Four U.S. Navy officers and two enlisted appeared before the Navy Expeditionary Combat Command (NECC) commander, Rear Admiral Frank Morneau for “Captain’s Mast” (non-judicial punishment [NJP] under the Uniform Code of Military Justice) for their conduct regarding the Iranian capture of two U.S. Navy vessels near Farsi Island that resulted in 10 sailors being captured and exploited by Iran and its Islamic Revolutionary Guards Corps Navy.
A total of six service members appeared before Morneau, four officers and two enlisted. Two of the four officers were found guilty of disobeying a superior officer and dereliction of duty. They were given punitive letters of reprimand according to a statement by the NECC. A third officer was found not guilty of dereliction of duty. The fourth officer’s disposition wasn’t noted due to the officer’s window to appeal the NJP has not yet expired. The two enlisted received punitive letters of reprimand for dereliction of duty. Names of the sailors involved were not provided by the NECC due to privacy concerns for those involved.
A U.S. Naval investigation completed in June and briefed by Admiral John Richardson, Chief of Naval Operations, outlined several errors that were made on that fateful day in January.
The investigation netted these key findings:
-The sailors from Coastal Riverine Squadron 3 did not brief or even plan their route from Kuwait to Bahrain. While the original route would have avoided Iran’s territorial waters around Farsi Island, the crew immediately deviated from their original course to make up for a late start.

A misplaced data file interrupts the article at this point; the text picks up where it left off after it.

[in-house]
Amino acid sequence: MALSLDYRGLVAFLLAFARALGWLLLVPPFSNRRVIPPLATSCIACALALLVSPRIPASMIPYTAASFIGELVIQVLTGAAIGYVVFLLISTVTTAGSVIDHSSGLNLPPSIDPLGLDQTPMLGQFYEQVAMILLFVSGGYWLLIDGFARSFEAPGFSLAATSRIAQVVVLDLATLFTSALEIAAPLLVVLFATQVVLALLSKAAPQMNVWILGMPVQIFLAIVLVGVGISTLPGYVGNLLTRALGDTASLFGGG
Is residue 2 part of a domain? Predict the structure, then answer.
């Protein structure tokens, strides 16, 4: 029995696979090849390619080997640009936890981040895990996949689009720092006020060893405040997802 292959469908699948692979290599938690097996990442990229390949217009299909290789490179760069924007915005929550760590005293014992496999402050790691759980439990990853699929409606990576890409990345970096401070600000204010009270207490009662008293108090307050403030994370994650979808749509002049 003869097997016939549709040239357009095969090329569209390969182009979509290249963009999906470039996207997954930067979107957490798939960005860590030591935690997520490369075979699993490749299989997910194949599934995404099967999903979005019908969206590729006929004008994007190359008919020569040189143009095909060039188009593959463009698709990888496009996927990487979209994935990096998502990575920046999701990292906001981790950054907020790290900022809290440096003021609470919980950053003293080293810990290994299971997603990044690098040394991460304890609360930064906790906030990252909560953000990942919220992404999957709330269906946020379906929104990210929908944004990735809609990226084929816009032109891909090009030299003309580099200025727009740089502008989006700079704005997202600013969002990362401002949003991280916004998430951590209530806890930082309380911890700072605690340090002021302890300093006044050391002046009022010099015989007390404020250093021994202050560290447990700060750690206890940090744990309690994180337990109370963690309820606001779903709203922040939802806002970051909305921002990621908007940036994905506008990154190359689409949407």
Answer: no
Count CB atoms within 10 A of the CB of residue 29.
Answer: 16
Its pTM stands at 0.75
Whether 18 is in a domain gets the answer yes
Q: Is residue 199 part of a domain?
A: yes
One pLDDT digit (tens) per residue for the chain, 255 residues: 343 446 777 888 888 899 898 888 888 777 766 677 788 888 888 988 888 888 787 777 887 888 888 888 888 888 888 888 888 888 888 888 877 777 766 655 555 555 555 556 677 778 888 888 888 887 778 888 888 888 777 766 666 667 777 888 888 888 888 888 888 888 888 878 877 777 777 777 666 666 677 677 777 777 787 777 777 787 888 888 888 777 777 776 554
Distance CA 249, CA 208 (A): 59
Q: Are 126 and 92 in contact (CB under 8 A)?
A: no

-The crew did not report to their operational handlers on shore when they sighted land unexpectedly or report the mechanical failure.
-Task Force 56, the riverine squadron’s immediate superior in 5th Fleet, tasked the sailors beyond their capabilities and limitations and fostered a “can do/will do” culture.
-The tactical operations center charged with tracking the transit failed to do so and reacted poorly when things started going wrong.
The investigation laid blame directly on the leadership of these two vessels, whether directly involved or not. What isn’t mentioned is the direct effect that the $5b in budget cuts for the Department of Defense FY 2016 budget had on any of these vessels’ equipment being in – or not in – proper working order.
Lt. David Nartker was the most senior of the ten soldiers seized by the Iranian military. He is currently awaiting this punishment for the incident to be announced.